JANESVILLE (AP) – Most Wisconsin hospitals are unlikely to be penalized for high rates of patient infections, based on preliminary data released by the federal government and analyzed by Kaiser Health News.
The report shows 65 hospitals are subject to the penalties for high infection rates, complications and patient injuries.
But of those 65, only 26 had scores bad enough to be at the most serious risk of losing 1 percent of their Medicare payments from October through September 2015.
Scores from the Centers for Medicare and Medicaid Services are based on a two-year period, from the beginning of 2012 to the end of 2013. The preliminary scores come from June 2012 to July 2013, which means final scores may be different in October.
The penalties are a part of the federal health care overhaul law designed to improve patient safety and overall health outcomes.
Hospitals at most serious risk of facing the penalty are located throughout the state including Milwaukee, Green Bay, Madison, Eau Claire, Kenosha, Wausau, Appleton, Racine and Rhinelander. There were 761 hospitals nationwide ranked.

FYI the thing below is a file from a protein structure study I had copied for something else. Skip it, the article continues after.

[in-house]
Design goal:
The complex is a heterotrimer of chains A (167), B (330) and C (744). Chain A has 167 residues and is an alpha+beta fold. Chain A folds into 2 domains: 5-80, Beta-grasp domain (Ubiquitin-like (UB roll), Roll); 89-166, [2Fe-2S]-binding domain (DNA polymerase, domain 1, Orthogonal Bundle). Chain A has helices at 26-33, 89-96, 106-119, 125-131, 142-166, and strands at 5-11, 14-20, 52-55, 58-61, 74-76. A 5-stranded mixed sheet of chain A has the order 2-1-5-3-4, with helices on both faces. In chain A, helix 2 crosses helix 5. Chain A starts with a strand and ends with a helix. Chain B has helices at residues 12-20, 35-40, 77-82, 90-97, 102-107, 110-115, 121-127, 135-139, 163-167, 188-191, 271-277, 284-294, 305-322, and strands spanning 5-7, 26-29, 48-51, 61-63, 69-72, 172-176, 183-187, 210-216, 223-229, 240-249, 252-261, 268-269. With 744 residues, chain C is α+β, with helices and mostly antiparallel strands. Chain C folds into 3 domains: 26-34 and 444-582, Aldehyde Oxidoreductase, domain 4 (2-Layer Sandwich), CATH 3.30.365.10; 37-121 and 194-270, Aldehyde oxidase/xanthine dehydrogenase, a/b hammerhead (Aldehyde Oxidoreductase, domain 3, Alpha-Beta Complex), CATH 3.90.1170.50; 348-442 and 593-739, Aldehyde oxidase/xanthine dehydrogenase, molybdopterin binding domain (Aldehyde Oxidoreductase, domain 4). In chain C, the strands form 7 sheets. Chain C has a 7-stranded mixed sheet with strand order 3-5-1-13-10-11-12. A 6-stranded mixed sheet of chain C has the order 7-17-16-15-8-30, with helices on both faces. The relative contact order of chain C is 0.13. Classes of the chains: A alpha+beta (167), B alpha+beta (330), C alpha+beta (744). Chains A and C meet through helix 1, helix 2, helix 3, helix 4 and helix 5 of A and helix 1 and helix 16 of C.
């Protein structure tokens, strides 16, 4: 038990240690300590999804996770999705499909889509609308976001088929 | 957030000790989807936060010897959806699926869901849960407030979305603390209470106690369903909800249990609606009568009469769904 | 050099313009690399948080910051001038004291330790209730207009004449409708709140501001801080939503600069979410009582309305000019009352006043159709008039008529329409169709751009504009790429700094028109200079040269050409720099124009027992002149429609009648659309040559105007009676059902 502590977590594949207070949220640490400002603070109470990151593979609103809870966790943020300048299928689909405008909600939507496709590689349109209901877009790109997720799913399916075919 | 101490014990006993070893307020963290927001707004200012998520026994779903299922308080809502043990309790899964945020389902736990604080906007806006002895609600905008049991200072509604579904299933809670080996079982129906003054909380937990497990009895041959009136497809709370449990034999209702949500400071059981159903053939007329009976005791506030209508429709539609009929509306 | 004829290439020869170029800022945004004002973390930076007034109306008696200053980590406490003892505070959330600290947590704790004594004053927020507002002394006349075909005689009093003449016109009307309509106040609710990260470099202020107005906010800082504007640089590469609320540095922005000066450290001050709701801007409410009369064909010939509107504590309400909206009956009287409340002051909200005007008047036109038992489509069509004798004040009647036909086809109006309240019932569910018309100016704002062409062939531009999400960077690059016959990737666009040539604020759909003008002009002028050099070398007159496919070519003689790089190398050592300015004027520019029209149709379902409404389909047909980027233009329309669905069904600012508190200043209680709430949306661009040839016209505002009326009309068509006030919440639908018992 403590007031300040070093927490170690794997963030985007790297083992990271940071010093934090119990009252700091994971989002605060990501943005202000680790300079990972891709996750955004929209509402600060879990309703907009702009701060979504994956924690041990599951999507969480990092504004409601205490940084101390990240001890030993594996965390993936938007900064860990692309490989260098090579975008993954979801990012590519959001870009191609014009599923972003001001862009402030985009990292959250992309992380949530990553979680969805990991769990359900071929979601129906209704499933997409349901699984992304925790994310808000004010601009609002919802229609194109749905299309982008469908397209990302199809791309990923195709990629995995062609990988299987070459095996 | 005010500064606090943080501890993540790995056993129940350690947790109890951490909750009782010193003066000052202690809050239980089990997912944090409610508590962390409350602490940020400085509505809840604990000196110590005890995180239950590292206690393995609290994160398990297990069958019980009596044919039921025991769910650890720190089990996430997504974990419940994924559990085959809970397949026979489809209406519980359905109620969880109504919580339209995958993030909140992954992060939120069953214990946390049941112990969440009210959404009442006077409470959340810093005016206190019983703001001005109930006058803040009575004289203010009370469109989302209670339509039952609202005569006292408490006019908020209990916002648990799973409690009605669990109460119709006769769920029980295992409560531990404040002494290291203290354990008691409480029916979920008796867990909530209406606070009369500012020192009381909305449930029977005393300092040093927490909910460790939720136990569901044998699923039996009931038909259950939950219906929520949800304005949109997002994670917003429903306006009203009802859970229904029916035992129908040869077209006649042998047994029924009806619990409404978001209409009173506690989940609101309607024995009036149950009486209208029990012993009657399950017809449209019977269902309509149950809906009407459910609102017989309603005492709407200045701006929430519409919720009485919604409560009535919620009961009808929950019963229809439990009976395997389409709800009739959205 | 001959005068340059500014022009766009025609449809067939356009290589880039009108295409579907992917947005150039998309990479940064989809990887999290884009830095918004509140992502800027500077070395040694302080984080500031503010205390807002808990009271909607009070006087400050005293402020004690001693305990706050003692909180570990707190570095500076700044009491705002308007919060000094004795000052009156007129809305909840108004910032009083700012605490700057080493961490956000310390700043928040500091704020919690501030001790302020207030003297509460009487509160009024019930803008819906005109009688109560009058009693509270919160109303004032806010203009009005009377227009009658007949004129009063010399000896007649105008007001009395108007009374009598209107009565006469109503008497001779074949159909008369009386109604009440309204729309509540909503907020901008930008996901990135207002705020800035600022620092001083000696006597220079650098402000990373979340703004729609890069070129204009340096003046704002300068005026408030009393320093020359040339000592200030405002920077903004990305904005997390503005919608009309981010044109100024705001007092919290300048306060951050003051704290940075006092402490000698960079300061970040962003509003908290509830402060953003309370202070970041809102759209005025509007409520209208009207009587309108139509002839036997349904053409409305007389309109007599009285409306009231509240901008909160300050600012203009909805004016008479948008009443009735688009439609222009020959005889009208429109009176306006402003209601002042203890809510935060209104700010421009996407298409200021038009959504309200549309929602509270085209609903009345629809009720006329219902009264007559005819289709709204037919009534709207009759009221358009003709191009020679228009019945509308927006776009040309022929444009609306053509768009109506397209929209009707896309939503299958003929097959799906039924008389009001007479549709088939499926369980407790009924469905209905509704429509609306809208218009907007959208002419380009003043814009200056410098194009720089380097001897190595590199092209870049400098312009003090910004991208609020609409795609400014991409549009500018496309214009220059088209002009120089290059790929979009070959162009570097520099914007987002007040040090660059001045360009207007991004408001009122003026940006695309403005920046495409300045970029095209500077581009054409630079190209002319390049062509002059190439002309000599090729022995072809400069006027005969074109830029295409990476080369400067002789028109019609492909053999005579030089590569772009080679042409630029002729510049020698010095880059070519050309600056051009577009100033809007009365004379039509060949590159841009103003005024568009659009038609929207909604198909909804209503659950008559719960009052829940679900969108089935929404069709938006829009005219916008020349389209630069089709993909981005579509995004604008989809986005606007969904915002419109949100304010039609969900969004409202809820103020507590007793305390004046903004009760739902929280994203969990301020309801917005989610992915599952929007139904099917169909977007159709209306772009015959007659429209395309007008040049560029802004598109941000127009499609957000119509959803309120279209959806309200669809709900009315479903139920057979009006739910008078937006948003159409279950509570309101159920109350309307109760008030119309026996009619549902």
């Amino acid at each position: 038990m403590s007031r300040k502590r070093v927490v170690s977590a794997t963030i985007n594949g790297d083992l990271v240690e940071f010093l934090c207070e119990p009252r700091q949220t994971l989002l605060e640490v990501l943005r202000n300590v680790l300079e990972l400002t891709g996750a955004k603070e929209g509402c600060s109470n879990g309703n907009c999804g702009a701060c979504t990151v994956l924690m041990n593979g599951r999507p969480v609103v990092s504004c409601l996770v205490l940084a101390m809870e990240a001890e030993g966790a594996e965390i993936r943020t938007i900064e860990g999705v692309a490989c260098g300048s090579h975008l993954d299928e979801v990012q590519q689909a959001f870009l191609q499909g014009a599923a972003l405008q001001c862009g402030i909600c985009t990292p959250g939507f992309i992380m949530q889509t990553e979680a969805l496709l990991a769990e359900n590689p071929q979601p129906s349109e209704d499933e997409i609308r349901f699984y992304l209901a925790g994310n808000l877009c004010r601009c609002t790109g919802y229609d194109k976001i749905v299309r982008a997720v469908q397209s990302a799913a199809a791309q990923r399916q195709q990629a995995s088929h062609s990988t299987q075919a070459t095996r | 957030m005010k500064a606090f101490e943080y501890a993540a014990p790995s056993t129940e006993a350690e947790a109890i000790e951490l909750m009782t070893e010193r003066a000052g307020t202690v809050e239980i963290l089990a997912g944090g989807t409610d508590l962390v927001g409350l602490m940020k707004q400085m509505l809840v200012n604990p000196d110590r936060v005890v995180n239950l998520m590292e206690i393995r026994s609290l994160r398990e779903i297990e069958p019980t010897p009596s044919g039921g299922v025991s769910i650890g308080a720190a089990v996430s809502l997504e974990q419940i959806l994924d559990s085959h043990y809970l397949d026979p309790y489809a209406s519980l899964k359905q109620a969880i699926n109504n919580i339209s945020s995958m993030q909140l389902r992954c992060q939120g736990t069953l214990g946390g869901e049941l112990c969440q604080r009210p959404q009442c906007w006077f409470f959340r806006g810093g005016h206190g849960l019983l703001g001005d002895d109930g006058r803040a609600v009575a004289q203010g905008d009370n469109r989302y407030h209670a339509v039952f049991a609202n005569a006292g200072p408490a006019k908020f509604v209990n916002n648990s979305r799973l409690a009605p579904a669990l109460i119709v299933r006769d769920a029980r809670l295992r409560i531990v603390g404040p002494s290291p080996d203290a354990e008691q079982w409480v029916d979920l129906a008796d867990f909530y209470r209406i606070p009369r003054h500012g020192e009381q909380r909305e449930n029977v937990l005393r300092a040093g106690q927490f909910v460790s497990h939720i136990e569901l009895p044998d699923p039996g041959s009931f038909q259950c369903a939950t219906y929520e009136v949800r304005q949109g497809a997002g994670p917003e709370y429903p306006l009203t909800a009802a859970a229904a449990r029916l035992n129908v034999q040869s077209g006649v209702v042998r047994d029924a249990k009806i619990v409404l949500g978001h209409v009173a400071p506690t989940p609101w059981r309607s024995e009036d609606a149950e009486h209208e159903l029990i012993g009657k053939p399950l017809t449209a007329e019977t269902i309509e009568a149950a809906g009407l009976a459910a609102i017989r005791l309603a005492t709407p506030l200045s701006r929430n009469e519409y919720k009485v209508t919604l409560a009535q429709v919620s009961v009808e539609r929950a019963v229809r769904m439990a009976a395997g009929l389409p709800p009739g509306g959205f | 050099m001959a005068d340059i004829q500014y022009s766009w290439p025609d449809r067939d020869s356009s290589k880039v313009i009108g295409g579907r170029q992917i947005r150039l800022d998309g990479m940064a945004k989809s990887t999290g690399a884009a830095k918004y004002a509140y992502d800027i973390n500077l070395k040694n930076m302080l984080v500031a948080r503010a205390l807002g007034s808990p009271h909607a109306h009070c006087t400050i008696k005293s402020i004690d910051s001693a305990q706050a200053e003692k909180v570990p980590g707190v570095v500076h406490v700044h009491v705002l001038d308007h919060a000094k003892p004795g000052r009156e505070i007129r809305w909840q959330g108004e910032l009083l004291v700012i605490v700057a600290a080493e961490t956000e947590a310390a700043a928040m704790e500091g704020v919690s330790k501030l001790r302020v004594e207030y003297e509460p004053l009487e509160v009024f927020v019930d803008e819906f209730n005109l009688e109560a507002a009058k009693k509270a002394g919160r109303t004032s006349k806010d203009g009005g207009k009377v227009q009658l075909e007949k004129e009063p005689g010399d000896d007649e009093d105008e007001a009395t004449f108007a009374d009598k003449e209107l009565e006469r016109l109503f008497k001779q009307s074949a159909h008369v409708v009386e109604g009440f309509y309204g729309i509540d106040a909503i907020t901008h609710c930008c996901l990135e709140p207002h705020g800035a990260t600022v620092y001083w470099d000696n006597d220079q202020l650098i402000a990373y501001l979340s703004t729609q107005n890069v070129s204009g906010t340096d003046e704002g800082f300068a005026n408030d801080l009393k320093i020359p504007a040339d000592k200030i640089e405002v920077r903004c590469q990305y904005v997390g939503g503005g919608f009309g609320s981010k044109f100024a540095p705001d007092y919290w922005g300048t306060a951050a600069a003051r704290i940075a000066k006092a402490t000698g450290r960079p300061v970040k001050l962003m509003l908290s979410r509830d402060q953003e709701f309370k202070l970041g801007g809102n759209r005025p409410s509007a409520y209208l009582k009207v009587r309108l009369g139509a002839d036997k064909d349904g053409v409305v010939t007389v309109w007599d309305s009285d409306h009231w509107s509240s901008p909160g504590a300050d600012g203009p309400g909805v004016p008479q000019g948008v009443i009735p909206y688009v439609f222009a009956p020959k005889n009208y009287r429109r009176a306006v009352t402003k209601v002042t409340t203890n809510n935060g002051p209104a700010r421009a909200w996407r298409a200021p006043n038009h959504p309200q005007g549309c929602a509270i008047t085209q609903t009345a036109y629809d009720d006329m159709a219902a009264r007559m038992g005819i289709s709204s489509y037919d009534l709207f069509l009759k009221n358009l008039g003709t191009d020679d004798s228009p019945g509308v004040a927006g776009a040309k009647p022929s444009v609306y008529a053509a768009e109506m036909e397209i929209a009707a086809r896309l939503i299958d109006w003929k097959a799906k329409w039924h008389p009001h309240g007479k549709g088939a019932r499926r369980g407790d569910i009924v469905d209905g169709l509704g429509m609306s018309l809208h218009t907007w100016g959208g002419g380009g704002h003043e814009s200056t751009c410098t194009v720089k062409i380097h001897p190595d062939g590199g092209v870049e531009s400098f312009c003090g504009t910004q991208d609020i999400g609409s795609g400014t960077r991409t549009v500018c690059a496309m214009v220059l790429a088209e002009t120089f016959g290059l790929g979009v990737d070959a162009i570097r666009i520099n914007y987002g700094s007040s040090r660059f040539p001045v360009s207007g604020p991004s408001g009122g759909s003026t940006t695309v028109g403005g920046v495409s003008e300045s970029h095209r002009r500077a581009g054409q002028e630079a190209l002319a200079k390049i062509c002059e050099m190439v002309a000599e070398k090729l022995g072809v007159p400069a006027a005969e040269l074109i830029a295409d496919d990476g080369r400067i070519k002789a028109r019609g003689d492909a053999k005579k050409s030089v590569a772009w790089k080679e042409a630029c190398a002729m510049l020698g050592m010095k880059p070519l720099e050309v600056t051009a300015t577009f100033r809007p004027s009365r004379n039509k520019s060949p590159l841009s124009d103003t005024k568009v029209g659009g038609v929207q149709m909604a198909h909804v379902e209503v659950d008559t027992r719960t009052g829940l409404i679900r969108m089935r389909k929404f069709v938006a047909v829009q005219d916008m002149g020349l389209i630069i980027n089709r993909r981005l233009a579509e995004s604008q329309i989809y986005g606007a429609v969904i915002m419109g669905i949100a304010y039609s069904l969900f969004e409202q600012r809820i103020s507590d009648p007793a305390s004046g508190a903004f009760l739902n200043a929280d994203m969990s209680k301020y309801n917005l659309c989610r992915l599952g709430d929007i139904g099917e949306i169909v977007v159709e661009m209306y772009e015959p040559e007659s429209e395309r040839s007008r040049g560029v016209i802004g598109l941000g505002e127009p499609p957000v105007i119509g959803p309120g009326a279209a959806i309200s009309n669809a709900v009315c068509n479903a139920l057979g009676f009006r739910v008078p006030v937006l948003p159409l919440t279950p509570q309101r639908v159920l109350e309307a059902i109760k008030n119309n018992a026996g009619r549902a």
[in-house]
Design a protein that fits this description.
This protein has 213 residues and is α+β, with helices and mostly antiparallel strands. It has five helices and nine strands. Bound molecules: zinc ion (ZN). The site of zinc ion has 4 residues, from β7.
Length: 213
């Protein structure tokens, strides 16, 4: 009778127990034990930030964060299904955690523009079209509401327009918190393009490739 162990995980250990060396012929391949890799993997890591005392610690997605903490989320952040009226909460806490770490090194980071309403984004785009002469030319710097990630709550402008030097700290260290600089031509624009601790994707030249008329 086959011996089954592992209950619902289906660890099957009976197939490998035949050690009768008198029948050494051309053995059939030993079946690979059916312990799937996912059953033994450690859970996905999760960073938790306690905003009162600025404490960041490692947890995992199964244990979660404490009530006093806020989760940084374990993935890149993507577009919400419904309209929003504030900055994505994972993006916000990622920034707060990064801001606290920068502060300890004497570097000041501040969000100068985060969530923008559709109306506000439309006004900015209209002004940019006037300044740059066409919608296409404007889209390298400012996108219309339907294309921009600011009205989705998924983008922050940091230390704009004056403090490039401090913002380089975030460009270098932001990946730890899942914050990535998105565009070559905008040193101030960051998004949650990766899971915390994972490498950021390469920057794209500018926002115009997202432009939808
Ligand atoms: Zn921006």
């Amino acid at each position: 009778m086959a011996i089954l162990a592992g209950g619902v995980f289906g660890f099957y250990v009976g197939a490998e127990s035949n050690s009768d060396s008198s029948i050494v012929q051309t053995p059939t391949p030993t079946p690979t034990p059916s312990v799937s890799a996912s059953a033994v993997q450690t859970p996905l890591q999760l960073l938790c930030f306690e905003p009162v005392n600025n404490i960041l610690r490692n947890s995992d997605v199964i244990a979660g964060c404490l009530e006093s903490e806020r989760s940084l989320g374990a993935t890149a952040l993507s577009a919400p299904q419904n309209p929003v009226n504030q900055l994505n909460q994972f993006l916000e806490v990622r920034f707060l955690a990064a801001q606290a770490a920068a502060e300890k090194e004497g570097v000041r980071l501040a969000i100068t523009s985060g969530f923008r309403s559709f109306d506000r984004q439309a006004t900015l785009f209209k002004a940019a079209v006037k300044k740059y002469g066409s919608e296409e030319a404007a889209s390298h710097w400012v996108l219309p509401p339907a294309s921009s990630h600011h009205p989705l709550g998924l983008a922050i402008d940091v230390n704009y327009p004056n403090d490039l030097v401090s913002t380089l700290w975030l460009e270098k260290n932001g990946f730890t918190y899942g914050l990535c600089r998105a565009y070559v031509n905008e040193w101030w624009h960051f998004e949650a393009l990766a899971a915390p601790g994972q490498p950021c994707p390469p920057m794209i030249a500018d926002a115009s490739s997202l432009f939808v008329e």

It’s too soon to know how many hospitals in the state may end up being penalized until the final report comes out later this year, said Kelly Court, chief quality officer at the Wisconsin Hospital Association. Court said Wednesday that the WHA is advising hospitals to be aware of the preliminary report but not overreact to its findings, given that it’s preliminary.
“There is a way for those numbers to go down,” said Kim Sveum, spokeswoman for St. Mary’s Janesville Hospital, one of the 26 with scores making it more likely they will be penalized. “The final report will contain two years’ worth of data and is what will be used as the basis for penalties. We’re confident once the expanded data set is used, our score will improve.”
For smaller hospitals such as St. Mary’s Janesville, just one infection can have a large impact on the score, Sveum told the Janesville Gazette in a story published Wednesday.